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Why You Might Consider a PreNup or Cohabitation Agreement

kelly-bennettby Kelly Bennett 


You’ve made it through the divorce process, and for the first time in a while, things are looking up.  Maybe you’ve started a new business, or you’ve made significant career advances.  Perhaps you’ve finally finished paying off your last child or spousal support obligation, and financial recovery is on the horizon.  Along with new beginnings come new relationships.  These can be exciting, but when they turn from casual fun to serious commitment, you may find anxiety riding on the coattails of your happiness.


The downside to post-divorce relationships is that they have a higher failure rate than first marriages, and the odds are against you for second, third and fourth endeavors.  Pre-nuptial agreements are contracts made before marriage, outlining how a couple’s financial affairs will be handled during the marriage, and how assets will be divided in the event of a divorce.  Pre-nups are no longer just for billionaires and celebrities.  A pre-nuptial agreement may be something to think about, especially when:


  • You or your partner earns significantly more than the other;
  • You own your own business;
  • You have significant pre-marital assets (real estate, pensions, investments, etc.);
  • You have children from prior relationships;
  • You expect to receive a large inheritance;
  • Your fiancé has had multiple former marriages;
  • You have a brand name in your industry;
  • You have a high likelihood of future success.


Many people are afraid to bring up the issue of a pre-nuptial agreement to their significant other.  Here, timing is everything.  Try not to wait a week before the wedding to bring it up!  In fact, if your relationship is moving into the serious zone, before anyone starts talking about fantasy weddings and dreamy honeymoons, make your monetary expectations clear early on.  Some people think pre-nups are “unromantic” and indicate a lack of trust.  To the contrary, talking about a pre-nup before or at the time of engagement actually opens up candid dialogue about each other’s expectations and critical views on money management.  Where one spouse intends to be a “work-at-home” spouse, a pre-nup can actually define the value of the stay-home spouse’s work, and provide for compensation to that spouse should the marriage terminate.  Pre-nups also require full financial transparency by disclosure of all assets and debts between the parties.  That takes a lot of trust – particularly if you’re a very private individual!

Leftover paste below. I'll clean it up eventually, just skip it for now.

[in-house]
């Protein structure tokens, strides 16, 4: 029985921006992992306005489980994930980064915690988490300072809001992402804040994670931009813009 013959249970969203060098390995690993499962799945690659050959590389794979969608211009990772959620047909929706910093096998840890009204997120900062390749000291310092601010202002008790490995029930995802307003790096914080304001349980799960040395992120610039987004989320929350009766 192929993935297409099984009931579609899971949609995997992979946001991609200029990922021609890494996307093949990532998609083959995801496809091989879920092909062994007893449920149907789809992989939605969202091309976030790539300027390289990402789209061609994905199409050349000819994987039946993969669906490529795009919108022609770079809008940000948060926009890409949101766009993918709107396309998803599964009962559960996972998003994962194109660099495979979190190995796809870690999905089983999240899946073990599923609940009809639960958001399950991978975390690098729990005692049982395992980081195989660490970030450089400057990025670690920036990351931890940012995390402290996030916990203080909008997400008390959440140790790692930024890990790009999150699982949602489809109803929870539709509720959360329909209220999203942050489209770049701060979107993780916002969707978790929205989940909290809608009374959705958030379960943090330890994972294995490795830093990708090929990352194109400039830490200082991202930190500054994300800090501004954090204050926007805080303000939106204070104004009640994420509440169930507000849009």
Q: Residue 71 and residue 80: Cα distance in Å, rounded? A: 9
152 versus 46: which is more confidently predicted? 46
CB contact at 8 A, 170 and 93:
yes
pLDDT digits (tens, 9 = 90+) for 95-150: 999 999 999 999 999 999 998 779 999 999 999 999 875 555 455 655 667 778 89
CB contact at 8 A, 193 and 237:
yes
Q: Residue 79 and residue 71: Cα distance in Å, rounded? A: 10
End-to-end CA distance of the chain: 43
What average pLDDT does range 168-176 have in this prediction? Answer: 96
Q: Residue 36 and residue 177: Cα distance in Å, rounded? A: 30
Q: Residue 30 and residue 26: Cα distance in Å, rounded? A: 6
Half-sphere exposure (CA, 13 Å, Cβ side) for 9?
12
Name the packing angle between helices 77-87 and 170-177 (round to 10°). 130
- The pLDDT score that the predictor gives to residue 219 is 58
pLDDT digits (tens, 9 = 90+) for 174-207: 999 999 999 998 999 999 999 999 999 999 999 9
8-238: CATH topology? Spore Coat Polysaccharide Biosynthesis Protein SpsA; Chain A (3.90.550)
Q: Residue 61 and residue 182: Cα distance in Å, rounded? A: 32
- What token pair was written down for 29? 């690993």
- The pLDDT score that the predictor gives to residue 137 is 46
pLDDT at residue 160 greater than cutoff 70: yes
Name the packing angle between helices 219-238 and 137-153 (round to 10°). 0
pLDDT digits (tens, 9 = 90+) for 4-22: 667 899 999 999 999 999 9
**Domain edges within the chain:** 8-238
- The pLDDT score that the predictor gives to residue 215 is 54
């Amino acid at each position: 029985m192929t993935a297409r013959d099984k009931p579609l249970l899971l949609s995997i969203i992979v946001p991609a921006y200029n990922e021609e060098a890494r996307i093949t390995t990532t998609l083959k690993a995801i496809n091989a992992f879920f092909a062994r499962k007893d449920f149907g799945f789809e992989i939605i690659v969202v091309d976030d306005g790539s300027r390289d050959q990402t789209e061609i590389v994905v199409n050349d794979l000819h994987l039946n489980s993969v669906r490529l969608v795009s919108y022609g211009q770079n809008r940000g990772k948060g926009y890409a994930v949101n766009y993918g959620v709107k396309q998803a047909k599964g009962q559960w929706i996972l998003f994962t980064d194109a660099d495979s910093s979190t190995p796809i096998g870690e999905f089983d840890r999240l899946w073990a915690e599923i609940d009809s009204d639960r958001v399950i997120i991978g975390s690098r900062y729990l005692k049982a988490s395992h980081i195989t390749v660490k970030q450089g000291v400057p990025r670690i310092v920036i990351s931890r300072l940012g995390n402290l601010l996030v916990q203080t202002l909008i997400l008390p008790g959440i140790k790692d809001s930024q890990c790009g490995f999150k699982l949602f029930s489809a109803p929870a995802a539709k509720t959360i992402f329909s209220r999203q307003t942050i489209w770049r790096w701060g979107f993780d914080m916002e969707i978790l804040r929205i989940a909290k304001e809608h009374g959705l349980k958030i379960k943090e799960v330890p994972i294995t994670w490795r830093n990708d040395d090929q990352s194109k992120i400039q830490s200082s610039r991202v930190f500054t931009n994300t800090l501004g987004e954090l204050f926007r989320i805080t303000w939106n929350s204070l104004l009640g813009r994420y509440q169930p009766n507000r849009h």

In our practice, we often see older people after divorce decide to live together instead of embarking on a second or third marriage.  Regardless of the reasons you may decide to co-habitate, like a pre-nup, a written cohabitation agreement is the smart way to go.  California does not recognize “common law marriages” (the old concept that if you live together long enough, eventually you’ll be considered married in the eyes of the law).  Cohabitation agreements in California are governed by state contract law and may give rise to other rights in the civil courts.  If drafted properly, cohabitation agreements are enforceable like any other written contract.  Many people will live together, split, and allege oral contracts regarding property and entitlement to support.  Oral contracts are tough to prove, and the better tool is a written agreement where all expectations are spelled out in black and white, and where it is clearly stated that there shall be no other agreements or changes, unless put in writing and signed by the parties.  


Kelly Bennett is with Bennett & Bennett, APC located at 27368 Via Industria, Suite 112, in Temecula. She may be reached at (951) 719-3456 –